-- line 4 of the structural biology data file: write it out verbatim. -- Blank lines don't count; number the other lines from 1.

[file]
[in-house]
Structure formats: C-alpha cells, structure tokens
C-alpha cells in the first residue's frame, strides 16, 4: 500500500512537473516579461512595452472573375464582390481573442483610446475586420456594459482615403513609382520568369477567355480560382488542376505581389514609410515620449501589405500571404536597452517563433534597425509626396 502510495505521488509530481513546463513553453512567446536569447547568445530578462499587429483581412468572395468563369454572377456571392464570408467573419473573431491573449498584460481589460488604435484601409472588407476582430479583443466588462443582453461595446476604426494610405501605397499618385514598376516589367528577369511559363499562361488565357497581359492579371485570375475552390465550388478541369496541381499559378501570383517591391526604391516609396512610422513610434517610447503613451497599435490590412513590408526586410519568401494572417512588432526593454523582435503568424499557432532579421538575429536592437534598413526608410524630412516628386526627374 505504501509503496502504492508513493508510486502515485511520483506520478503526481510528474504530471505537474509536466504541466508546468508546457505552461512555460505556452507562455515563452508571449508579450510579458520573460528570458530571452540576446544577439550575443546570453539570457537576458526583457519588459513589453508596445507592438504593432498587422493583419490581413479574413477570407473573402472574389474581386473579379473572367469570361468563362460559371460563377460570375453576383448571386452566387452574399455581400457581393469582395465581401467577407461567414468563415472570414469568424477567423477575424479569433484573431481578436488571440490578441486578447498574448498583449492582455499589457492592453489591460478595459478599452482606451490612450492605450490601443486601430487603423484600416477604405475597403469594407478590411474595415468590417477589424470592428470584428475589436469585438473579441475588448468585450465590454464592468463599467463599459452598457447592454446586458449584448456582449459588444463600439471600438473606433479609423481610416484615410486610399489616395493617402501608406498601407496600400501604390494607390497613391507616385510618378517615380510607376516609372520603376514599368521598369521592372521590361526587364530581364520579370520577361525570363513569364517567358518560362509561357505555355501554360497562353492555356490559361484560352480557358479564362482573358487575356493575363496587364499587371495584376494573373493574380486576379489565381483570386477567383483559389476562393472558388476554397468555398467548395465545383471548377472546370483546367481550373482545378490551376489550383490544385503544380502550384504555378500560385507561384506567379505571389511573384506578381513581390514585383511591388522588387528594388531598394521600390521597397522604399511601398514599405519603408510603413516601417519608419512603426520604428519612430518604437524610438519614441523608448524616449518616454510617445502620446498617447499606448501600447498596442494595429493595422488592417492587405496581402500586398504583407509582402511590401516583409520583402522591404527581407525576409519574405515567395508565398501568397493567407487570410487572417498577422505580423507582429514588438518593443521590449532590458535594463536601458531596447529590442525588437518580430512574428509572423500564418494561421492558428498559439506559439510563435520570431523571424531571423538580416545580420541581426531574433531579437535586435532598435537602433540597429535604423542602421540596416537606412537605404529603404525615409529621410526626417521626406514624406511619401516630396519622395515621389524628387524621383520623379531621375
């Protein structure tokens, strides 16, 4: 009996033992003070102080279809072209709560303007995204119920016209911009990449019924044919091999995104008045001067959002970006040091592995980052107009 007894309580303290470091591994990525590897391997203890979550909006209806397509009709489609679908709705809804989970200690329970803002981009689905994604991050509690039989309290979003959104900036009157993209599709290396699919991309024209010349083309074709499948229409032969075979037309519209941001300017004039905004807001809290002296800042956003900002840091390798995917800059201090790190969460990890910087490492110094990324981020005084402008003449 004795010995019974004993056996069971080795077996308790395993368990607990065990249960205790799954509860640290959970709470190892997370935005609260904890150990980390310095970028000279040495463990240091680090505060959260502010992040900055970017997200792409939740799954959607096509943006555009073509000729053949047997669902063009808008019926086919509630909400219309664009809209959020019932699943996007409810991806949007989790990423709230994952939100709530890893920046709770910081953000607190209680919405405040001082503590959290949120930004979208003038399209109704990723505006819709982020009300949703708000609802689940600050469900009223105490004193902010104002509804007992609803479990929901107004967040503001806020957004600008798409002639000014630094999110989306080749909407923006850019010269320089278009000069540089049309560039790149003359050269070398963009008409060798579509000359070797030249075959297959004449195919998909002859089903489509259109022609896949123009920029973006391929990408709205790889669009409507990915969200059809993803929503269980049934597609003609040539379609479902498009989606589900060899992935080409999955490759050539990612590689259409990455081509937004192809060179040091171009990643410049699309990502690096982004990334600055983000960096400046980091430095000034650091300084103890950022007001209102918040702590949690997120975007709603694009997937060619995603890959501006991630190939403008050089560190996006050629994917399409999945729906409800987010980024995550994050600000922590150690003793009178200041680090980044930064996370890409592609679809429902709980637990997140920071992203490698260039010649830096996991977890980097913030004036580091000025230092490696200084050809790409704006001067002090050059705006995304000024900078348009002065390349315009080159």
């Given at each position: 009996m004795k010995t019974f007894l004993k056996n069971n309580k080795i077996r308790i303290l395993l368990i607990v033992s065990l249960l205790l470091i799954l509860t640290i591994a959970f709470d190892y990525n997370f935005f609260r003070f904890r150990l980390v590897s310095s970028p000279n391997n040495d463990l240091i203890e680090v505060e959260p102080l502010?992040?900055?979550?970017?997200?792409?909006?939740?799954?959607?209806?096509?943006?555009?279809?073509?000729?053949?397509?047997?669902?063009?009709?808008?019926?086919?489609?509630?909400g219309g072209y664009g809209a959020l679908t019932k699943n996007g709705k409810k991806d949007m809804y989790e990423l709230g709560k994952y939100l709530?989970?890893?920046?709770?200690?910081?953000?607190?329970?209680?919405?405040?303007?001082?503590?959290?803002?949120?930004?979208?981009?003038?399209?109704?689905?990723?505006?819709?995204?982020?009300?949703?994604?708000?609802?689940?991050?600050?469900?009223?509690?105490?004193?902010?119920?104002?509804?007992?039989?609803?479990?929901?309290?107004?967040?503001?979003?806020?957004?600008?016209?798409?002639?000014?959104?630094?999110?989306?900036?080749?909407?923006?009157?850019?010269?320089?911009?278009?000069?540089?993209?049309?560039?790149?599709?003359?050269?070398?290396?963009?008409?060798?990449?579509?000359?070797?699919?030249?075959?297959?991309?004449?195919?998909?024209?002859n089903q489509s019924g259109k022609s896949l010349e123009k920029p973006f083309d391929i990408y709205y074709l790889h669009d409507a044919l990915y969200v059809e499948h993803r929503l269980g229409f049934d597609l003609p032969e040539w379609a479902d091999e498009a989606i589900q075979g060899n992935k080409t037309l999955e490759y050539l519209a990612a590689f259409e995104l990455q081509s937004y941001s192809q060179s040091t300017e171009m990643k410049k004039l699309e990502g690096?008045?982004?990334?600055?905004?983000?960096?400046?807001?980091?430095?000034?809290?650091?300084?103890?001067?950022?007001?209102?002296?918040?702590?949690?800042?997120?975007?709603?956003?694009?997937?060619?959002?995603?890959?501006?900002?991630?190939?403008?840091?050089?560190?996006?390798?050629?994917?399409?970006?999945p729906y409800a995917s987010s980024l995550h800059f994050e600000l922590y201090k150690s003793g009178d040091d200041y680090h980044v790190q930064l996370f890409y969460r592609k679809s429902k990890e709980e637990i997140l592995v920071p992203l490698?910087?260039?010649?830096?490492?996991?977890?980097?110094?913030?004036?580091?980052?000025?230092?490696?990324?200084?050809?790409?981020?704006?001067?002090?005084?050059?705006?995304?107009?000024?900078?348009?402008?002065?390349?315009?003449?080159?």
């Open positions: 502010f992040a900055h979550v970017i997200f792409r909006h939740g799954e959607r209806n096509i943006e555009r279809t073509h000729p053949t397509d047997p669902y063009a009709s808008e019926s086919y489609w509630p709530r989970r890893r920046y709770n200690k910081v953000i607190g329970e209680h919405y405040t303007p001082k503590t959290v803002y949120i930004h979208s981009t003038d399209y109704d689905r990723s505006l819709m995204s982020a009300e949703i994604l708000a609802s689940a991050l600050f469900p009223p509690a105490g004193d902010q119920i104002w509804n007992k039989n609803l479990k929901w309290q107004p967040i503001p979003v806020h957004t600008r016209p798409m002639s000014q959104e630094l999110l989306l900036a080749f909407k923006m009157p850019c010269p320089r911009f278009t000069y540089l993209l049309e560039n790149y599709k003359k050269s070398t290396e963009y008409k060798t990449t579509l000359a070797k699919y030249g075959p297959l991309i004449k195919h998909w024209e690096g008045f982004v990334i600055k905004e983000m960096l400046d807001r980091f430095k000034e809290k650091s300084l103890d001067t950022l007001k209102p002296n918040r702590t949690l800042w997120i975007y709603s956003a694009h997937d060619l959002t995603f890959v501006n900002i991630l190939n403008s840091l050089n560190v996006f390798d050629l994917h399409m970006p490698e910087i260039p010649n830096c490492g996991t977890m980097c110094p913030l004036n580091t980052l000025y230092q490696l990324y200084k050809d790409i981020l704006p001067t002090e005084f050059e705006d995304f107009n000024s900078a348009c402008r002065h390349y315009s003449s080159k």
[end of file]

């Protein structure tokens, strides 16, 4: 009996033992003070102080279809072209709560303007995204119920016209911009990449019924044919091999995104008045001067959002970006040091592995980052107009 007894309580303290470091591994990525590897391997203890979550909006209806397509009709489609679908709705809804989970200690329970803002981009689905994604991050509690039989309290979003959104900036009157993209599709290396699919991309024209010349083309074709499948229409032969075979037309519209941001300017004039905004807001809290002296800042956003900002840091390798995917800059201090790190969460990890910087490492110094990324981020005084402008003449 004795010995019974004993056996069971080795077996308790395993368990607990065990249960205790799954509860640290959970709470190892997370935005609260904890150990980390310095970028000279040495463990240091680090505060959260502010992040900055970017997200792409939740799954959607096509943006555009073509000729053949047997669902063009808008019926086919509630909400219309664009809209959020019932699943996007409810991806949007989790990423709230994952939100709530890893920046709770910081953000607190209680919405405040001082503590959290949120930004979208003038399209109704990723505006819709982020009300949703708000609802689940600050469900009223105490004193902010104002509804007992609803479990929901107004967040503001806020957004600008798409002639000014630094999110989306080749909407923006850019010269320089278009000069540089049309560039790149003359050269070398963009008409060798579509000359070797030249075959297959004449195919998909002859089903489509259109022609896949123009920029973006391929990408709205790889669009409507990915969200059809993803929503269980049934597609003609040539379609479902498009989606589900060899992935080409999955490759050539990612590689259409990455081509937004192809060179040091171009990643410049699309990502690096982004990334600055983000960096400046980091430095000034650091300084103890950022007001209102918040702590949690997120975007709603694009997937060619995603890959501006991630190939403008050089560190996006050629994917399409999945729906409800987010980024995550994050600000922590150690003793009178200041680090980044930064996370890409592609679809429902709980637990997140920071992203490698260039010649830096996991977890980097913030004036580091000025230092490696200084050809790409704006001067002090050059705006995304000024900078348009002065390349315009080159």